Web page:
Monday, June 9, 2014

Darren, Darren, Darren Bader

Darren Bader, Andrew Kreps Gallery, 2014
Darren Bader currently has a show at Andrew Kreps Gallery and the show is a show about three shows.  The press release explains this. The press release is short.  So short I’m going to include it below:

The show is three shows: a show on the walls, Photographs I Like; a show on the floor, To Have and to Hold; and a show on a piece of paper at the front desk.

Darren Bader lives and works in New York. This is his second solo show at the gallery. His work is currently included in the Whitney Biennial, on view until May 25th. Among previous exhibitions: Empire State, Palazzo delle Esposizioni, Rome (2013), Images, MoMA PS1, New York (solo), Oh, You Mean Cellophane and all that Crap, The Calder Foundation, New York (2012). Darren Bader is the recipient of the 2013 Calder Foundation's Calder Prize.

The bio section seems a bit insisted by the gallery because in this show the ambiguity of it is the form and in the form of it you get lost in the ambiguity but then with all that ambiguity you get some sort of clarity and in that clarity you see what it is that Bader is doing.  Maybe.  Sort of.  But regardless, back to the show. 

The show is great.  Now that you know what my opinion is, we can proceed. (Or not, your choice.) The show is things on the wall, things on the floor and paper things you can read and take with you.

What are on the walls are photographs, and with the title, Photographs I Like, it is just that very thing.  Photographs that Darren Bader likes on walls.  It is more then that though.  Bader is a writer.  A good writer.  The type of writer where it is form and not just function.  There is a print out that expresses in his own words what a photograph means to him, for example:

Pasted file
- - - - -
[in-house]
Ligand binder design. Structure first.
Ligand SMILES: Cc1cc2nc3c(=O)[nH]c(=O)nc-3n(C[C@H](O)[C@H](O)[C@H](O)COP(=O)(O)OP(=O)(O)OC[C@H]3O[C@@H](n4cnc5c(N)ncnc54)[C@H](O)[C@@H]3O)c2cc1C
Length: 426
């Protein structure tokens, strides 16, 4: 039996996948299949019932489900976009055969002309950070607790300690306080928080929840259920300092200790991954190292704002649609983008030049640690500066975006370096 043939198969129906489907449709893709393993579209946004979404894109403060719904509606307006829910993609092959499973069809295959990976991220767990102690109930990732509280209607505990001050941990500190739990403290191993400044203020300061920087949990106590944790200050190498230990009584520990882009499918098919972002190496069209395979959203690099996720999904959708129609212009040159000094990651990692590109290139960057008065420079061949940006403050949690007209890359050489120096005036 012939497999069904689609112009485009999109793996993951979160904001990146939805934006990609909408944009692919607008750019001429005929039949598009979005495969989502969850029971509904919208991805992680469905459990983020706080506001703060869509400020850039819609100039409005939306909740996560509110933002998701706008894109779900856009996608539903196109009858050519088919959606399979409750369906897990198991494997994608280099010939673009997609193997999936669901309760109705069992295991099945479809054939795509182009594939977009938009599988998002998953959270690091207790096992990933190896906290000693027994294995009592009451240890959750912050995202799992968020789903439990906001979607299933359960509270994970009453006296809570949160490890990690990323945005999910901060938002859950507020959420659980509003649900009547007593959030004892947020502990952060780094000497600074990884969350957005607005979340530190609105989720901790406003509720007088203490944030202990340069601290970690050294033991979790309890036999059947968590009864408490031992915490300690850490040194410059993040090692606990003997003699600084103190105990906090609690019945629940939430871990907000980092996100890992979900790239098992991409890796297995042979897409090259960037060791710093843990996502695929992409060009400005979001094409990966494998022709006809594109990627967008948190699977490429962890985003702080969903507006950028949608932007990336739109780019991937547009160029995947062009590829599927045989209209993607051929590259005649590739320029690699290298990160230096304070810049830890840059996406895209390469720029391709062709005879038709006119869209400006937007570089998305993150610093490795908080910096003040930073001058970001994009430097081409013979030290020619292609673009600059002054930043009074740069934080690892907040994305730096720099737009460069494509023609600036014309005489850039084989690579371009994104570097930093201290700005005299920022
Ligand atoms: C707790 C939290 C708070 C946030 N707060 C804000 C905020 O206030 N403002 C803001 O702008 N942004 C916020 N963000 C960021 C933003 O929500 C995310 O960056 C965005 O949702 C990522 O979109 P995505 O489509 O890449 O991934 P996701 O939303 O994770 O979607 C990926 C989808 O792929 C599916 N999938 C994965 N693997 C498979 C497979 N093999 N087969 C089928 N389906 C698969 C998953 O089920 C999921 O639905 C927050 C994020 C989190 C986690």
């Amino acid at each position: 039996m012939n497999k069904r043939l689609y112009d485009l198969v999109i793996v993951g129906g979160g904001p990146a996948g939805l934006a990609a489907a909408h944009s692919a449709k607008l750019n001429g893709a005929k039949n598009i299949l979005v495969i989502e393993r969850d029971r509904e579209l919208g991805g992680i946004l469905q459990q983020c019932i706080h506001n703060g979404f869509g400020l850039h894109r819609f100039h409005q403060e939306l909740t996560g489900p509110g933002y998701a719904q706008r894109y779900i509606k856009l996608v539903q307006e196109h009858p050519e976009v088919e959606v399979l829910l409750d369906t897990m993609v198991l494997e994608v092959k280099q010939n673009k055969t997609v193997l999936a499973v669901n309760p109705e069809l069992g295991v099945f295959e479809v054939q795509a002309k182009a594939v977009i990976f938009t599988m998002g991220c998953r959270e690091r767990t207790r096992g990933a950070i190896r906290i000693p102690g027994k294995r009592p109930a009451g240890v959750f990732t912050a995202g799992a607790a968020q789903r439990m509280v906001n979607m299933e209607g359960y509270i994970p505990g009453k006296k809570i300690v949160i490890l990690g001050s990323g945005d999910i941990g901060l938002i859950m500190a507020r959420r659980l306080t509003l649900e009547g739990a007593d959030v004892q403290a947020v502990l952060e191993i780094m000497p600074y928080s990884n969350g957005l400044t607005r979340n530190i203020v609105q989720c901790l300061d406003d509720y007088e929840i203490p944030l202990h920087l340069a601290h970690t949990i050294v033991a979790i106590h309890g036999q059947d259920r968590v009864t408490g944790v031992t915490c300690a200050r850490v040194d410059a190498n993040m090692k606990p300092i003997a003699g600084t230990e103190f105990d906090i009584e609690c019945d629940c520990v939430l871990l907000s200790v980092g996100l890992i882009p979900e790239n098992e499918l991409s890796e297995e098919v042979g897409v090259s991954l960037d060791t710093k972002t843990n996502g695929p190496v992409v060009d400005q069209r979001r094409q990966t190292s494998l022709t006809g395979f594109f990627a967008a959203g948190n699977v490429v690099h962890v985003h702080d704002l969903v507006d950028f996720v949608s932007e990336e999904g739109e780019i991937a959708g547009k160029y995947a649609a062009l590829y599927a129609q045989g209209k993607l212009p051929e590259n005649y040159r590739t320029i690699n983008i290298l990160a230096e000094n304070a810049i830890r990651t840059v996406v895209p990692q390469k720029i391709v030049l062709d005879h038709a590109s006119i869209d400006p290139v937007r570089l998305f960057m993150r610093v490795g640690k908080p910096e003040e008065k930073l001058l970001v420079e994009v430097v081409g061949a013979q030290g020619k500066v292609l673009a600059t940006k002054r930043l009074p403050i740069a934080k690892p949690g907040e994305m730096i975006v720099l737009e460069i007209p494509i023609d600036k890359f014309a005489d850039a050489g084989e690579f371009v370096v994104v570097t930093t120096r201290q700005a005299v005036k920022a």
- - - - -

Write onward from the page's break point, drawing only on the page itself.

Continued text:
“The photographic image is the closest to “pure image” we have short of our in-built optics. Perhaps that’s why the photograph scared the shit out of art when it first showed up. Perhaps that’s why it still scares the shit out of iconoclastic image-makers.” 

There are also larger statements on ‘art’ and the bigger structure of image making.  Reading it before seeing the show had nice effect although it was quickly absorbed and forgotten.

The photographs range from fashion, celebrity, politics, mood genres, and the evolution of that medium.  They are the originals.  What you see is the actual thing.  These are not reproductions.  They possessed that quality even before I asked the question to the gallery.  There is something clever, to the point, meaningful regarding them being originals.  Some are on loan, some you know are very famous and are a part of our, American visual lexi-canonical.  Some are on consignment, thus meaning you can buy it if you want it and you can afford it.  That work is then yours but it is not a ‘Darren Bader’ it is a work you bought by the artist who made it not Bader who arranged them into a room, into a show, into another form of art.